This review from Kaiser Health News discusses various approaches cities and states are taking to reduce the risks of COVID-19 outbreaks in incarcerated populations.
As jails and prisons house populations in settings that do not lend themselves to reducing exposure risks in ways that align with CDC recommendations, many prison and jail systems are releasing prisoners and/or restructuring living arrangements to prevent outbreaks.
San Francisco’s jail system has not had a COVID-19 case. The process they have adopted to reduce prison density by nearly 40% is described as follows:
[Public Defender Mano] Raju’s office has led a painstaking, case-by-case effort to gain emergency releases for prisoners who fall within the CDC’s defined at-risk category: age 60 and older or suffering from an underlying medical condition. Raju also asked San Francisco Sheriff Paul Miyamoto to release all those in the county jail system with six months or less remaining on their sentences; Miyamoto responded, in part, that he was working on releasing those with 60 or fewer days remaining.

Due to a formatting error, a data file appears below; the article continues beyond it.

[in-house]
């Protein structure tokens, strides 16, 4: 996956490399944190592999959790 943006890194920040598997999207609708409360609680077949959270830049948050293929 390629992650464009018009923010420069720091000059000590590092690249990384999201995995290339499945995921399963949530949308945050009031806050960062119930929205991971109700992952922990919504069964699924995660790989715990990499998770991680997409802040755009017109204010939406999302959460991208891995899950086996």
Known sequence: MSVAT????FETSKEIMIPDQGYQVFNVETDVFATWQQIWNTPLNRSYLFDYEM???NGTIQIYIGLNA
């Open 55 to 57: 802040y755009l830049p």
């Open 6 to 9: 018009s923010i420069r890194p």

Some inmates are being sprung with time served; some go into diversion programs or wear ankle monitors as they finish their terms under home confinement.
“I would like the sheriff to release everyone that it is within his power to release — those who are safe to return to the community on probation,” Raju told KHN. “Case by case is a very inefficient way to do it. We need the court time for other things.”
San Francisco’s district attorney, Chesa Boudin, has instructed his prosecutors to consider giving credit for time served in the plea deals they negotiate. Boudin also told prosecutors not to oppose motions for those in pretrial detention to be released if they present no public risk.